Posted on October 2, 2019

Federal Judge Rules Harvard’s Admissions Policies Do Not Discriminate Against Asian American Applicants

Camille G. Caldera et al., Harvard Crimson, October 2, 2019

Harvard College’s race-conscious admissions policies do not illegally discriminate against Asian American applicants, federal judge Allison D. Burroughs ruled Tuesday.

The ruling brings an end to this stage of the lawsuit filed against the University by anti-affirmative action group Students for Fair Admissions in 2014. SFFA alleged that the College’s admissions policies discriminate against Asian American applicants by holding them to higher standards. Burroughs, however, found that Harvard’s use of race in its admissions process is legal.


In addition to arguing that Harvard’s policies are discriminatory, SFFA contended that the College had artificially capped the number of students from certain racial groups and had failed to seriously consider alternative race-blind strategies for admitting a diverse class — practices which the Supreme Court previously deemed illegal.

Burroughs determined the University was not liable on all four counts of alleged wrongdoing: intentionally discriminating against Asian Americans, engaging in racial balancing, using race as a determinative factor in admissions decisions, and inadequately exploring race-neutral alternatives to achieve diversity.

{snip} SFFA President Edward J. Blum said in a press release Tuesday that his organization plans to appeal the ruling to the First Circuit Court of Appeals.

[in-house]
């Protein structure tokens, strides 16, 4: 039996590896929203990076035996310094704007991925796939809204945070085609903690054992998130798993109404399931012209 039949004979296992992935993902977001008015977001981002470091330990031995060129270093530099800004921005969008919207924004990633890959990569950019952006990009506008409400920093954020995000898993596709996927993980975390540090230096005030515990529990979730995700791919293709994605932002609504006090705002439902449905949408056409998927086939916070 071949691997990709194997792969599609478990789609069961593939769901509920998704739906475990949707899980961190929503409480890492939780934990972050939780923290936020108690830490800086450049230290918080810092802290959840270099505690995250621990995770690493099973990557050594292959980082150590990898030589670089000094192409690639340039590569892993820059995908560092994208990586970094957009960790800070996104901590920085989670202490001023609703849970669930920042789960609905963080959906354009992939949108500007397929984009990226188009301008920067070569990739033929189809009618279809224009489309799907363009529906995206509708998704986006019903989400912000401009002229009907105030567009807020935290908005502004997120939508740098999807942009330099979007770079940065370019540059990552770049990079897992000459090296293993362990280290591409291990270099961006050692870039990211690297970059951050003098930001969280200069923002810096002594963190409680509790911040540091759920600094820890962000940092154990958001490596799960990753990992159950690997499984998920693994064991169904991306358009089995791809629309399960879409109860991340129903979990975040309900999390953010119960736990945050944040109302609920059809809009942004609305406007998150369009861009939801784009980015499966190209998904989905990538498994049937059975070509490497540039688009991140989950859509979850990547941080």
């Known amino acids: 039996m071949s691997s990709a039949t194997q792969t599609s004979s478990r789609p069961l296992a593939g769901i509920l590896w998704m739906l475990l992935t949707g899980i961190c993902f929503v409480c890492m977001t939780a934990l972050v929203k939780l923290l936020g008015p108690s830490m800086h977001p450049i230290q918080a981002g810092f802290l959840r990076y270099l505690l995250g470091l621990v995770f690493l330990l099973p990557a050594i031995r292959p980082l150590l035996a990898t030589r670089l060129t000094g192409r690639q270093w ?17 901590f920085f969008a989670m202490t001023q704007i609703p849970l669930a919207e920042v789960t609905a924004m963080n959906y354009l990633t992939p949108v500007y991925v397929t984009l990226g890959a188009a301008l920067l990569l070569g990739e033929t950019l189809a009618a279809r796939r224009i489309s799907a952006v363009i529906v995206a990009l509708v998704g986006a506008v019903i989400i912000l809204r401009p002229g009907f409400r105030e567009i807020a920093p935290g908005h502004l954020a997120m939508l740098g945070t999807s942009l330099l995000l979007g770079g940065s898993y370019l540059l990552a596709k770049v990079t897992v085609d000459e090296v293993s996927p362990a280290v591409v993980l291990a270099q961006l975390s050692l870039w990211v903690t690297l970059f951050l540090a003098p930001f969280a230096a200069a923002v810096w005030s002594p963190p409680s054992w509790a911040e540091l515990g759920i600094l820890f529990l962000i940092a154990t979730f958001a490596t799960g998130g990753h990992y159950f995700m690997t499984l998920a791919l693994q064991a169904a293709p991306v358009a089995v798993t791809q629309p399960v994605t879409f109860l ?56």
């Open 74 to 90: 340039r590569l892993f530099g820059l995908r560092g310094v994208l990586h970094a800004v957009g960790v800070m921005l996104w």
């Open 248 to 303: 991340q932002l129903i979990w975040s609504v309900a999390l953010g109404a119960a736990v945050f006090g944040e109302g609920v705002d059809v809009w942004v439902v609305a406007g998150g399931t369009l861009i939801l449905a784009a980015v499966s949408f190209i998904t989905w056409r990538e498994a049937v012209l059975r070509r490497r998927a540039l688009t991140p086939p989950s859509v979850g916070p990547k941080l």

“Students for Fair Admissions is disappointed that the court has upheld Harvard’s discriminatory admissions policies,” Blum said in the press release. “We believe that the documents, emails, data analysis and depositions SFFA presented at trial compellingly revealed Harvard’s systematic discrimination against Asian-American applicants.”

In her legal opinion, Burroughs disagreed with the allegations of discrimination, finding “no evidence of any discriminatory animus or conscious prejudice” on the part of Harvard’s admissions officers. In particular, Burroughs wrote that admissions officers’ testimonies were “consistent, unambiguous, and convincing.”


Much of Burroughs’s judgment lauded the benefits of diversity in higher education. She agreed with Harvard’s claims that only race-conscious admissions policies could achieve a favorable level of diversity at the College.

“Harvard has demonstrated that no workable and available race-neutral alternatives would allow it to achieve a diverse student body while still maintaining its standards for academic excellence,” she wrote.

Despite siding with Harvard, Burroughs wrote that Harvard’s policies could be improved. {snip}


Burroughs wrote that she believes the College employs a strong example of a race-conscious admissions policy.


Though Harvard prevailed in the district court case, the College’s admissions process is still subject to a separate investigation by the Department of Justice Civil Rights Division. The DOJ opened its investigation at least as early as 2017 and filed a statement of interest in the SFFA lawsuit in August 2018 alleging that Harvard practices “unlawful racial discrimination” against Asian American applicants.


Among the findings was the revelation that Harvard’s own internal research office concluded in 2013 that the College’s race-conscious policy yields “negative effects” for Asian Americans. The University’s Office for Institutional Research found that Asian American applicants consistently receive lower personal ratings — numerical scores based on abstract qualities like “humor” and “grit” — from admissions officers.